In reaction, the Commission tried to improve the governance of Schengen with two proposals in September 2011: the first one is about the establishment of an evaluation mechanism and the second one deals specifically with the possibility to reintroduce border controls at internal borders. The first regulation aimed at monitoring the implementation and respect of the Acquis, eventually providing with financial, technical or human support with, for instance, the European agency Frontex. The Commission would issue annually a report which would be discussed by the Council and the Parliament. The negotiations between the Council and the Parliament have been blocked for one year on this text. The Council wanted to change the legal basis of the regulation from article 77(2) to article 70 TFEU, leading to the exclusion of the European Parliament from the codecision process. The European assembly reacted, on 14 June 2012 blocking the negotiations of five texts which were considered as a priority by the Council. Currently, the three institutions are going under informal discussions with their legal services to find a compromise.

The second proposal is a direct reaction to the multiple reintroductions of border controls after the Arab Spring. The Commission envisages three circumstances where checks could be reintroduced : 1- in case of a foreseeable events which constitute a threat to public policies or internal security, for instance a major political event, 2- in case of unforeseen events such as a terrorist attack, 3- in case of a serious persistent deficiencies in the management of external borders. The Commission wanted to be the one to decide whether or not to reintroduce border control and to prolong it, except in the second case. However, the Council refused the full use of the powers granted to the Commission by the Lisbon treaty (2009) – that is the power to take decision through implementing acts, involving comitology (consultation of a committee composed of experts representative of Member States). Surprisingly, the Parliament agreed with the Council on that point. The Commission's proposal was a supranationalisation of the management of Schengen, while on the contrary, the Council and the Parliament opted for an intergovernmental dynamic where Member States keep their power and only discuss about the matter collectively.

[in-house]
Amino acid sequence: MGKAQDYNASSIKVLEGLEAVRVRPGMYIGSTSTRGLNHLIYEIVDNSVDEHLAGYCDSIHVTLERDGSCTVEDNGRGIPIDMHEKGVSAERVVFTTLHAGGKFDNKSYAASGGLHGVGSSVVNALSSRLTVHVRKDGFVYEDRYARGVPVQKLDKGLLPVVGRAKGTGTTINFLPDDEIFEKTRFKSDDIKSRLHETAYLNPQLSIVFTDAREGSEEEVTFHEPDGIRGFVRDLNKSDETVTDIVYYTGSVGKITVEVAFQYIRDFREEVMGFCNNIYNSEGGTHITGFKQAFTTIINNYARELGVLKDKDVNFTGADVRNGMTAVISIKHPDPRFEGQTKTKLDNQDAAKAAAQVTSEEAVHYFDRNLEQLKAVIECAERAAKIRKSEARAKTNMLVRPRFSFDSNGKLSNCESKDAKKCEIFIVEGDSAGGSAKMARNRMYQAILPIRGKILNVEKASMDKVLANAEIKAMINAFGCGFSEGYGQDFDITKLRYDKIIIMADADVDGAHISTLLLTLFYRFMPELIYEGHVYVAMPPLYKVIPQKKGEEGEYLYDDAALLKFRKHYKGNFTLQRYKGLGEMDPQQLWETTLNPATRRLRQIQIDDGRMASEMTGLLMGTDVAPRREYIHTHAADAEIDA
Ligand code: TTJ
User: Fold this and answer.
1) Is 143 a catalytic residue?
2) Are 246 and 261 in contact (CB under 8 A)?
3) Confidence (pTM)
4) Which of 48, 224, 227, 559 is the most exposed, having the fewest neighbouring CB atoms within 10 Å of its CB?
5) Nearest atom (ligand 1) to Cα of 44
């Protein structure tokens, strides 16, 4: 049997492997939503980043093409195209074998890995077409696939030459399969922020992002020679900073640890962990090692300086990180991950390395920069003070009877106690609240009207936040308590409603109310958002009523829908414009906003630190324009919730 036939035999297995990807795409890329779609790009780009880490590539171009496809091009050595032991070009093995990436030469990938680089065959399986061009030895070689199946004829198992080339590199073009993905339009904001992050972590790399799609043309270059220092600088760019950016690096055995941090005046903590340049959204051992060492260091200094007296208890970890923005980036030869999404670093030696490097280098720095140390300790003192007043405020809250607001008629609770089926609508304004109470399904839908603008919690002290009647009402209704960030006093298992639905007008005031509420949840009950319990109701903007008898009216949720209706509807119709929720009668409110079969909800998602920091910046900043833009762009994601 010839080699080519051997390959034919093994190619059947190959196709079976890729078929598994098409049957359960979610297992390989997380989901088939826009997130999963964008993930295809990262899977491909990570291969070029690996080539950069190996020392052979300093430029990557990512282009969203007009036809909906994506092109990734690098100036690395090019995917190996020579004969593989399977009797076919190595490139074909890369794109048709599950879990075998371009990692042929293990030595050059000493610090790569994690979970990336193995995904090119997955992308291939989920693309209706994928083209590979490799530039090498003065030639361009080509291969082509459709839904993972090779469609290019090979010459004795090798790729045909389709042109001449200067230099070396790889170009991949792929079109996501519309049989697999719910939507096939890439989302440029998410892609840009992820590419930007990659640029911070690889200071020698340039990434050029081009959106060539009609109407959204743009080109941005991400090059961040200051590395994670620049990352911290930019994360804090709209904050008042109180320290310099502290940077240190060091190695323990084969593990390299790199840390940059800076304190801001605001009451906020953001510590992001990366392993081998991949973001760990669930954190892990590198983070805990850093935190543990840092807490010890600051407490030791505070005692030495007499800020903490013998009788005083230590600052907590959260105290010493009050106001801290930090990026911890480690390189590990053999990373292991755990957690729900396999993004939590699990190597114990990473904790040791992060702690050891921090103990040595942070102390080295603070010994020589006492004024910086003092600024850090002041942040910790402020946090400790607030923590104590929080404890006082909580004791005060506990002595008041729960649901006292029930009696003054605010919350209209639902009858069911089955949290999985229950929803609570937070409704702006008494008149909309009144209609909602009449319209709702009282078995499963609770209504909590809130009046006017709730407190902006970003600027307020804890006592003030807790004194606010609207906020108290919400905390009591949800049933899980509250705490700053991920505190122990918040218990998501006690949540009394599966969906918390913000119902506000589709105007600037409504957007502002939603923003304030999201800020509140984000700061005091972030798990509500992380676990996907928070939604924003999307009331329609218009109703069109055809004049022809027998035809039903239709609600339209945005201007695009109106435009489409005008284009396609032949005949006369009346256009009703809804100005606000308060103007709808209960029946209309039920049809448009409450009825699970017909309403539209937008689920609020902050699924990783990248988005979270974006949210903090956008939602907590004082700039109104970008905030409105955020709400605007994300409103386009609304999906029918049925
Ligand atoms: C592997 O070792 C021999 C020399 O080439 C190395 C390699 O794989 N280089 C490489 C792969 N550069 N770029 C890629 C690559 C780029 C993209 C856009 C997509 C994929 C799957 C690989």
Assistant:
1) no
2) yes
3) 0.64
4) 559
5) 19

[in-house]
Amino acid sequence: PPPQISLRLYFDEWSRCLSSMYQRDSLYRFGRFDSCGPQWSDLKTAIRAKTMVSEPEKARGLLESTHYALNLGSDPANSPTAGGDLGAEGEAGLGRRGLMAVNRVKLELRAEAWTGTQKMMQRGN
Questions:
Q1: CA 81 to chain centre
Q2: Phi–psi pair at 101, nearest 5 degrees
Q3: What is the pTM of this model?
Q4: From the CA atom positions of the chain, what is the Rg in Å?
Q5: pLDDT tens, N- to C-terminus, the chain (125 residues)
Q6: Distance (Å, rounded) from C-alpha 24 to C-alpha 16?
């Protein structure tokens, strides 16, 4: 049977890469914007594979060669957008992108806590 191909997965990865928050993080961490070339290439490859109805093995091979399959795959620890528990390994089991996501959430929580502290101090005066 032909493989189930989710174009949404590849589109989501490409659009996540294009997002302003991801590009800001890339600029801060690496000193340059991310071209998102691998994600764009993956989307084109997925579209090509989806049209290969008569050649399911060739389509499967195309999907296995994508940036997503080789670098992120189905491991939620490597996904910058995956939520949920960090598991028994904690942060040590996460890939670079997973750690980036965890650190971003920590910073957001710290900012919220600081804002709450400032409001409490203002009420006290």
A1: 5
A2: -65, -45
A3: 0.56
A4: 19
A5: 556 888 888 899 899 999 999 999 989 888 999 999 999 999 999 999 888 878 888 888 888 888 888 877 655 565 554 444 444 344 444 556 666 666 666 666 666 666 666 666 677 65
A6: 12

… Implying different visions of European integration

With the debates about the two proposals, we observe dispute over different visions of European integration. The Commission would like to stand as the European executive, while the Council refuses to hand its power over, especially on matters such as border crossing directly linked to immigration. In the middle, the European Parliament which tries to defend its codecision powers on Justice and Home Affairs acquired with the Lisbon Treaty and which, on the other hand, supports the Council in its refusal of supranationalisation. On the two texts, the negotiations are still informally on-going, and we cannot know what will come out of this reform.

However, we can already affirm that the rules of the game have changed, and that the role played by each institution is getting blurred. It translates a broader evolution of common sense about those topics toward a more cautious and securitised vision of free-movement. This is epitomised with the new proposal of the Commission for 'smart borders', creating a new data-base to monitor not only entry but also exit of the Schengen area. The choice over the Schengen area we collectively want, is one of those we will have to say next year, for the next European election.

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Photo source: Postcard edited by the European Parliament for 2009 election, from EUObserver.com